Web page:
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July 13th, 2011 by Math Tricks | No Comments | Filed in Math Books


Ah – Flatland!  One of my all-time favorite math books!  In this classic story, Edwin A. Abbott introduces to you A. Square, a character who lives in a two dimensional world.  In the story, A. Square comes to realize that his universe is actually part of a multidimensional universe beyond his own 2 dimensions.

This story is a great introduction into the concept of hyperspace.  Written in 1884, it is a superb example of using analogy to make the reader understand more complex concepts – in this case the “multiverse”.

The story begins:


I call our world Flatland, not because we call it so, but to make its

nature clearer to you, my happy readers, who are privileged to live in



Imagine a vast sheet of paper on which straight Lines, Triangles,

Squares, Pentagons, Hexagons, and other figures, instead of remaining

fixed in their places, move freely about, on or in the surface, but

without the power of rising above or sinking below it, very much like

shadows–only hard with luminous edges–and you will then have a pretty

correct notion of my country and countrymen.  Alas, a few years ago, I

should have said “my universe:”  but now my mind has been opened to

higher views of things.


If you would like to read the entire story, please feel free to download the entire text here.  Have a good time on your journey to higher dimensions!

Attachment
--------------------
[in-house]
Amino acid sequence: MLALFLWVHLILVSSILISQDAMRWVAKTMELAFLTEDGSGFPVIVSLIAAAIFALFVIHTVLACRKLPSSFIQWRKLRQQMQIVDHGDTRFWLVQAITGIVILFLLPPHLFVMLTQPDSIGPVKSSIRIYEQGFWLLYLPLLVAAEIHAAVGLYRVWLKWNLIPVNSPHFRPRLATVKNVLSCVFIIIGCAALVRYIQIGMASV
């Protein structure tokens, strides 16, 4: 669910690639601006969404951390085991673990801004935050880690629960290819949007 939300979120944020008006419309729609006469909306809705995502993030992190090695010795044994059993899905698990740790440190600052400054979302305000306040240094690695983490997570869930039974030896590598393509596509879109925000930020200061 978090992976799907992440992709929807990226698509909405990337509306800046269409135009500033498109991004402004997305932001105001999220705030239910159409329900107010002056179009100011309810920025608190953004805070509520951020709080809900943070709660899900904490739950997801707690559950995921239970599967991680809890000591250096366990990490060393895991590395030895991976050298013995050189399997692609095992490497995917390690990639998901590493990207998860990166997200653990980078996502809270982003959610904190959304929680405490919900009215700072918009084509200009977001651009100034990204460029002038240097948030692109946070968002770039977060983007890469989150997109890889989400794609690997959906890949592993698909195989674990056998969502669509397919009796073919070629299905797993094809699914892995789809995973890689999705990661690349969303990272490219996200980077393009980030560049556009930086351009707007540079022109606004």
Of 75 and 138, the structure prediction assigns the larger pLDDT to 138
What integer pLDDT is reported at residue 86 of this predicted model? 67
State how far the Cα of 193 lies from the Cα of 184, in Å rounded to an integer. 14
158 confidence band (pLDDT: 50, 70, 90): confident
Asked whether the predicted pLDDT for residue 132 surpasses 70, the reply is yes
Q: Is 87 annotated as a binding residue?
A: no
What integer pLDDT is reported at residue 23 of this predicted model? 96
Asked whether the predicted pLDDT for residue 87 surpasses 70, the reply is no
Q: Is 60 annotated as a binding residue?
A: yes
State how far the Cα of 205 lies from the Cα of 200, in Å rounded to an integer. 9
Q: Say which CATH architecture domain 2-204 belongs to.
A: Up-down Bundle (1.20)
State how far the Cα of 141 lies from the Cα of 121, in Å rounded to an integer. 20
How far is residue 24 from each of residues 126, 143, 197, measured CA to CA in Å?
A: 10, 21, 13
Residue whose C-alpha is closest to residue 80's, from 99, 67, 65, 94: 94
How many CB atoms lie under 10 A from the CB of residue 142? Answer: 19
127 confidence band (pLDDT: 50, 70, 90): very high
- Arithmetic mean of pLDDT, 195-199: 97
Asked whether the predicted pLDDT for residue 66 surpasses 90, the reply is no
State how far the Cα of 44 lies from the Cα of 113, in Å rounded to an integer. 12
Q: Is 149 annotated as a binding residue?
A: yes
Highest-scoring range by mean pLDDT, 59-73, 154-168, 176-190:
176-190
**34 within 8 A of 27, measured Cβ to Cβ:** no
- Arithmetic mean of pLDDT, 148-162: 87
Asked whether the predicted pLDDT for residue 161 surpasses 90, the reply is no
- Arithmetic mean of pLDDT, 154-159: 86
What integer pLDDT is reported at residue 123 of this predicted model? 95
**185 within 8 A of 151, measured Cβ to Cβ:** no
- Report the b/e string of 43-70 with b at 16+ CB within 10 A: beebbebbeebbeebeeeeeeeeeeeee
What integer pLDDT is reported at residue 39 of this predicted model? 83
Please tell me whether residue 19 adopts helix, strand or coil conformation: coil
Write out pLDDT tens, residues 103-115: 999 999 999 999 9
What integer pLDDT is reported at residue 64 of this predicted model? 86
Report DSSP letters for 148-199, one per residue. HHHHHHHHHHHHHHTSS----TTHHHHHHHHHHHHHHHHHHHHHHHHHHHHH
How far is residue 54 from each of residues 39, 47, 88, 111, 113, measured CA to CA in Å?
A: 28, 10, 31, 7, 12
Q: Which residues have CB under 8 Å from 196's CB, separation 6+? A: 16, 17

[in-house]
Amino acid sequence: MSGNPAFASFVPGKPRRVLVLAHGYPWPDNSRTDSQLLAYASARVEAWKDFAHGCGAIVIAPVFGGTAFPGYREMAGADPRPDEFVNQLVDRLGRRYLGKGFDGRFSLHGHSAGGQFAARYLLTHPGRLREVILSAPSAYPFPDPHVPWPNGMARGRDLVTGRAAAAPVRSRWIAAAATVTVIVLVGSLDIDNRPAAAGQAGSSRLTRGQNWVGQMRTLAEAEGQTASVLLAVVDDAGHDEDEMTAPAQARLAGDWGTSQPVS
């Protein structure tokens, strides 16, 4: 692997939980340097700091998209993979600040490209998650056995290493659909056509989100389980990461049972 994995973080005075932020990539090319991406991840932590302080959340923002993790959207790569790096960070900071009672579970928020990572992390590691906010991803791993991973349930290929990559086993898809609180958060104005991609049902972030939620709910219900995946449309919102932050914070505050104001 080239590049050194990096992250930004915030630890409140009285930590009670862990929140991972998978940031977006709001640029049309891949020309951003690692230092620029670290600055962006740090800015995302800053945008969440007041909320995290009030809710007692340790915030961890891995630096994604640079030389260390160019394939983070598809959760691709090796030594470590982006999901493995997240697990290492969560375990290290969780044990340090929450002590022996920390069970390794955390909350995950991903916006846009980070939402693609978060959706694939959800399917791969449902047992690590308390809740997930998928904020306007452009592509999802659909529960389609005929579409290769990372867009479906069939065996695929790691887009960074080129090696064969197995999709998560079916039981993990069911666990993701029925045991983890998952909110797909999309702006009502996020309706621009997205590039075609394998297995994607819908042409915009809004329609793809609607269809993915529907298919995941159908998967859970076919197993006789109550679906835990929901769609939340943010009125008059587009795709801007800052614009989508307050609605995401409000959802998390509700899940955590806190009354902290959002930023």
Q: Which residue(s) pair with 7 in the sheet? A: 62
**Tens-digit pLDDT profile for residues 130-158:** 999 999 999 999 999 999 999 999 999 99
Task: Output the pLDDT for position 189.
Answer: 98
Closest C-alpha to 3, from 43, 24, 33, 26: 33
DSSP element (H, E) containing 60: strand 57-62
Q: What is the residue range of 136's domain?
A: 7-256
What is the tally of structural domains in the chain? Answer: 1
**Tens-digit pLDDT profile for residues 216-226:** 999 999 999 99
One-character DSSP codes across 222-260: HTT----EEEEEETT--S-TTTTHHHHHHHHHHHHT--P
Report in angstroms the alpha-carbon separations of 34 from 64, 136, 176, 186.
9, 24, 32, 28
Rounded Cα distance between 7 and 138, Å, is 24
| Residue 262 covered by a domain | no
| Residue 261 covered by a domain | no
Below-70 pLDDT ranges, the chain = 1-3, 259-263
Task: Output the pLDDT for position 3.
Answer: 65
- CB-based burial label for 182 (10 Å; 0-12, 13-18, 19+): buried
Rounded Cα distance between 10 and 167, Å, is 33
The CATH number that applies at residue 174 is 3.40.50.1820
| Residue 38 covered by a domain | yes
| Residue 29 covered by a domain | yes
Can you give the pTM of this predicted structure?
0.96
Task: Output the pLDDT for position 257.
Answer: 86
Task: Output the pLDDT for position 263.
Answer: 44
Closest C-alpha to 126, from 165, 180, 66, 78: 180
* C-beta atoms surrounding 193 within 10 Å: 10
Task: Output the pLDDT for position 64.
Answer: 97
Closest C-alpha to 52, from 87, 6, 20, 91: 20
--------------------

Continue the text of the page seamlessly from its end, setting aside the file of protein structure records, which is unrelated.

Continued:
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Boot Pi and Embrace Tau?

July 1st, 2011 by Math Tricks | 4 Comments | Filed in Bad Math

There has been a movement over the last decade to replace pi with it’s 2X equivalent – tau.  Bob Palais of the University of Utah and his followers insist that this would be a more meaningful ‘constant’, and would lead to less mistakes in the calculations of innumerable individuals.

Nice try, Palais et al.  Would you also have us trash Euler’s identity or the countless text books in circulation?  Sounds like you are just trying to cement your place in mathematical history.  Well, IMHO, this is not a good idea, and I am 100% against it.  I really don’t think much will come of this, but, just in case, maybe I should take in some of the textbook publishers out there!

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